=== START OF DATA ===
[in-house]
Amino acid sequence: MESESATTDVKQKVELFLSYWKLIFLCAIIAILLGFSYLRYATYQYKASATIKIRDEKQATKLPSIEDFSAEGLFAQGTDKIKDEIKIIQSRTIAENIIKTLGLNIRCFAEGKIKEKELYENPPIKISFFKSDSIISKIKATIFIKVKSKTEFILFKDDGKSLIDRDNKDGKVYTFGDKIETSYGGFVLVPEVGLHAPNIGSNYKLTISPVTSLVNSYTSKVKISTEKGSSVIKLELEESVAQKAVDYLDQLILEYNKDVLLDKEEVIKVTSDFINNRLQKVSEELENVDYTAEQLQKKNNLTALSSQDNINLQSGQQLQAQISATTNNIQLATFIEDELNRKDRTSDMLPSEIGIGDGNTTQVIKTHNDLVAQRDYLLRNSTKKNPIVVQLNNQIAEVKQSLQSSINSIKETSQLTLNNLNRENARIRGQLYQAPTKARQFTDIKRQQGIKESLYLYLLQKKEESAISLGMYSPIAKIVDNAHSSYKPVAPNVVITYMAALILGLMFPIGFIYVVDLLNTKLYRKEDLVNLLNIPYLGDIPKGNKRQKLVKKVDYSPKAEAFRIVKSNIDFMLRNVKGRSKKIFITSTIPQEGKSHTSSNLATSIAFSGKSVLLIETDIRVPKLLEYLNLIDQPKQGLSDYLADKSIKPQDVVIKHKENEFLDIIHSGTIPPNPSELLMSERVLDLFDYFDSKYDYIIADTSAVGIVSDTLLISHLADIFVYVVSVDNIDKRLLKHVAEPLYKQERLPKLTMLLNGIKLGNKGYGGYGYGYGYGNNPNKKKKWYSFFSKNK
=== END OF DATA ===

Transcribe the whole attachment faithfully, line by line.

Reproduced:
[in-house]
Amino acid sequence: MESESATTDVKQKVELFLSYWKLIFLCAIIAILLGFSYLRYATYQYKASATIKIRDEKQATKLPSIEDFSAEGLFAQGTDKIKDEIKIIQSRTIAENIIKTLGLNIRCFAEGKIKEKELYENPPIKISFFKSDSIISKIKATIFIKVKSKTEFILFKDDGKSLIDRDNKDGKVYTFGDKIETSYGGFVLVPEVGLHAPNIGSNYKLTISPVTSLVNSYTSKVKISTEKGSSVIKLELEESVAQKAVDYLDQLILEYNKDVLLDKEEVIKVTSDFINNRLQKVSEELENVDYTAEQLQKKNNLTALSSQDNINLQSGQQLQAQISATTNNIQLATFIEDELNRKDRTSDMLPSEIGIGDGNTTQVIKTHNDLVAQRDYLLRNSTKKNPIVVQLNNQIAEVKQSLQSSINSIKETSQLTLNNLNRENARIRGQLYQAPTKARQFTDIKRQQGIKESLYLYLLQKKEESAISLGMYSPIAKIVDNAHSSYKPVAPNVVITYMAALILGLMFPIGFIYVVDLLNTKLYRKEDLVNLLNIPYLGDIPKGNKRQKLVKKVDYSPKAEAFRIVKSNIDFMLRNVKGRSKKIFITSTIPQEGKSHTSSNLATSIAFSGKSVLLIETDIRVPKLLEYLNLIDQPKQGLSDYLADKSIKPQDVVIKHKENEFLDIIHSGTIPPNPSELLMSERVLDLFDYFDSKYDYIIADTSAVGIVSDTLLISHLADIFVYVVSVDNIDKRLLKHVAEPLYKQERLPKLTMLLNGIKLGNKGYGGYGYGYGYGNNPNKKKKWYSFFSKNK